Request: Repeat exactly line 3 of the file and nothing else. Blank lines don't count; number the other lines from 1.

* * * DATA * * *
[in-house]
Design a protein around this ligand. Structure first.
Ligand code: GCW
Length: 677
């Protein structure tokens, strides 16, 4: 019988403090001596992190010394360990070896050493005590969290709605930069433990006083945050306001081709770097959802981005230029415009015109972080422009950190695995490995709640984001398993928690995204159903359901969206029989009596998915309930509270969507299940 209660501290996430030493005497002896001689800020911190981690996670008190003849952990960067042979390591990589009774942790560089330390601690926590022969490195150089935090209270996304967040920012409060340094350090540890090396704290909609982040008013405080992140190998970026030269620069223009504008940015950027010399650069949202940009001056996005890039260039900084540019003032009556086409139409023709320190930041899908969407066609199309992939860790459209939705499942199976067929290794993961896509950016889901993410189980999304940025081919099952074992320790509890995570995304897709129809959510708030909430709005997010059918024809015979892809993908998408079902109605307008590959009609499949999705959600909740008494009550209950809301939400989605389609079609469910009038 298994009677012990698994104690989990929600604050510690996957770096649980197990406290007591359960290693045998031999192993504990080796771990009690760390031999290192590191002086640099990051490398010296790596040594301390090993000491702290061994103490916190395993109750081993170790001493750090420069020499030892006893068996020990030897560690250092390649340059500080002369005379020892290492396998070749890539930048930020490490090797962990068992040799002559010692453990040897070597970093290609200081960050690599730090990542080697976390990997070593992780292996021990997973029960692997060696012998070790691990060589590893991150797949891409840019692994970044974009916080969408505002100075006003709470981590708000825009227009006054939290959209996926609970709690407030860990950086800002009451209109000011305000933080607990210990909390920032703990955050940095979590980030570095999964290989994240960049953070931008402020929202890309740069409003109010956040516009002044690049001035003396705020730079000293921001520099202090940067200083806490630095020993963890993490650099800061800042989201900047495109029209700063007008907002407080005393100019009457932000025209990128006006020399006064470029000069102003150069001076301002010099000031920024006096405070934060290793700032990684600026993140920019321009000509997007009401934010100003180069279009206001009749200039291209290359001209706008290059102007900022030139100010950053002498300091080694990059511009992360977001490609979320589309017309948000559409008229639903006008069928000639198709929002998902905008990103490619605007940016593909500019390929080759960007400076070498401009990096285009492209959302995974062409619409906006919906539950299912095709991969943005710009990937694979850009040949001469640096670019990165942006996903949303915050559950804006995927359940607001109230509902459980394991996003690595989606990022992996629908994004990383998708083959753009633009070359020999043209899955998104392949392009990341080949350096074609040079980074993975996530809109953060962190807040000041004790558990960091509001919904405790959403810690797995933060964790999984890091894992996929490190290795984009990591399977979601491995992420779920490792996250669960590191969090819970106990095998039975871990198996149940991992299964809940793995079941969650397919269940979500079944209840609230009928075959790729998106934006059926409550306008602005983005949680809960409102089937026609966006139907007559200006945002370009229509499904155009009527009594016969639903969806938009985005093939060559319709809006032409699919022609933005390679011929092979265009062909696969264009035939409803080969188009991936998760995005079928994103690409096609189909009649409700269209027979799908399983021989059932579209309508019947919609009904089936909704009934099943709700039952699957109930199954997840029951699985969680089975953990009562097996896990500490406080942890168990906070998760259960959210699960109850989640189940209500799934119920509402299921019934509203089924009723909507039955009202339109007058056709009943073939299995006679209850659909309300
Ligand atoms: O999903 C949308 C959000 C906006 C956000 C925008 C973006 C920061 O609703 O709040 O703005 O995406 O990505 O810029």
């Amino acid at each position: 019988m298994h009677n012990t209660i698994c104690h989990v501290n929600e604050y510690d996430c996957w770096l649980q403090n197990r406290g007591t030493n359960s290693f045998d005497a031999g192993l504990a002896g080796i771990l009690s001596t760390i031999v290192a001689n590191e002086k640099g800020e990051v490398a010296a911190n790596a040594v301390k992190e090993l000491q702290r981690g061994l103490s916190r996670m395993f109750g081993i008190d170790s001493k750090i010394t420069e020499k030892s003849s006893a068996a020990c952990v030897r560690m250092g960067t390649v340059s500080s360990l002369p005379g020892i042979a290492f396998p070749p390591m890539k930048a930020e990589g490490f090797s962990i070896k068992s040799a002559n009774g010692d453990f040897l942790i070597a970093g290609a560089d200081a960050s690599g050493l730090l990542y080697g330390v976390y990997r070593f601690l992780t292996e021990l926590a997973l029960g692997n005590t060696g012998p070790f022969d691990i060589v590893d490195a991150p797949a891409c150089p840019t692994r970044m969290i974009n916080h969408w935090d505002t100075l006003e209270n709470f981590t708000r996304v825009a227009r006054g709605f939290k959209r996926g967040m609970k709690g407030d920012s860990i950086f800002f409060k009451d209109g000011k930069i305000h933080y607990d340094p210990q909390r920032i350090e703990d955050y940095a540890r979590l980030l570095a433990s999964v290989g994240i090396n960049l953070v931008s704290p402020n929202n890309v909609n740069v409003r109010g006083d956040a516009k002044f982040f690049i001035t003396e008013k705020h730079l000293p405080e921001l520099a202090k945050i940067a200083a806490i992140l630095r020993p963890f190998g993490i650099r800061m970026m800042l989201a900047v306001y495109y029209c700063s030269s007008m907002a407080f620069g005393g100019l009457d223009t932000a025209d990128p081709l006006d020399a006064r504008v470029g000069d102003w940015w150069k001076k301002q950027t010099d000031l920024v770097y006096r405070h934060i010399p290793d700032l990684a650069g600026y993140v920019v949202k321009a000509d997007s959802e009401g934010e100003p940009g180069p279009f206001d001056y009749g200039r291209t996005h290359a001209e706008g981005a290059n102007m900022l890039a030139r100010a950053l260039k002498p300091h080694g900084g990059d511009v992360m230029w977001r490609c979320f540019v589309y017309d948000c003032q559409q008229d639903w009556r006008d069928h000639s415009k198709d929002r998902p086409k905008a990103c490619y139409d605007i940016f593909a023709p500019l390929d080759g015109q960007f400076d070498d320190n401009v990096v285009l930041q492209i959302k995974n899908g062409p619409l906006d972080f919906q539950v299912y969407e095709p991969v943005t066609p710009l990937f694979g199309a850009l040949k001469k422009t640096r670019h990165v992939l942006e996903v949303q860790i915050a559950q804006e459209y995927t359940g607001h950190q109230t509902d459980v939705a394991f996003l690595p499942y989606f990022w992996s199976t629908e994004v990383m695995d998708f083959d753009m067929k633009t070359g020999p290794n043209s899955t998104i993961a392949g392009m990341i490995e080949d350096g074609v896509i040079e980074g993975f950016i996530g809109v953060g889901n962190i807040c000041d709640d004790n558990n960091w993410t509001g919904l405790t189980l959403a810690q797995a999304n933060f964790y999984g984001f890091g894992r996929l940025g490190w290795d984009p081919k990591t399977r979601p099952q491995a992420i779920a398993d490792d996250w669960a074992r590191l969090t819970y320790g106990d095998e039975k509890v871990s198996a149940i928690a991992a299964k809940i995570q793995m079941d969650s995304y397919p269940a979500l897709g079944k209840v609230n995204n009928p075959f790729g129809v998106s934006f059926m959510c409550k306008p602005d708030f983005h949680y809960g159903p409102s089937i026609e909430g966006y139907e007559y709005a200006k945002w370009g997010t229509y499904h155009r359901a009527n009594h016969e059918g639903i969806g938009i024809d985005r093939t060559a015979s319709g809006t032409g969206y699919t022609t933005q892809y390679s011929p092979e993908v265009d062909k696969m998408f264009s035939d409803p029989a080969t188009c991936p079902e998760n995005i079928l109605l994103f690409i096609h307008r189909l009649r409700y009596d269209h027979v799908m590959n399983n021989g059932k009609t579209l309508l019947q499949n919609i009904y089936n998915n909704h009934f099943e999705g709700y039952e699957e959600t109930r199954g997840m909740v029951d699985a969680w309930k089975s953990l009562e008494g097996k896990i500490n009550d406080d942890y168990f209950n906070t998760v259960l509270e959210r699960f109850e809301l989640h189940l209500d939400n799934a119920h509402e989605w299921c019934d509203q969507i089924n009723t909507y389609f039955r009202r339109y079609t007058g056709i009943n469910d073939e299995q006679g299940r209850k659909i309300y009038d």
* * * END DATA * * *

Ligand code: GCW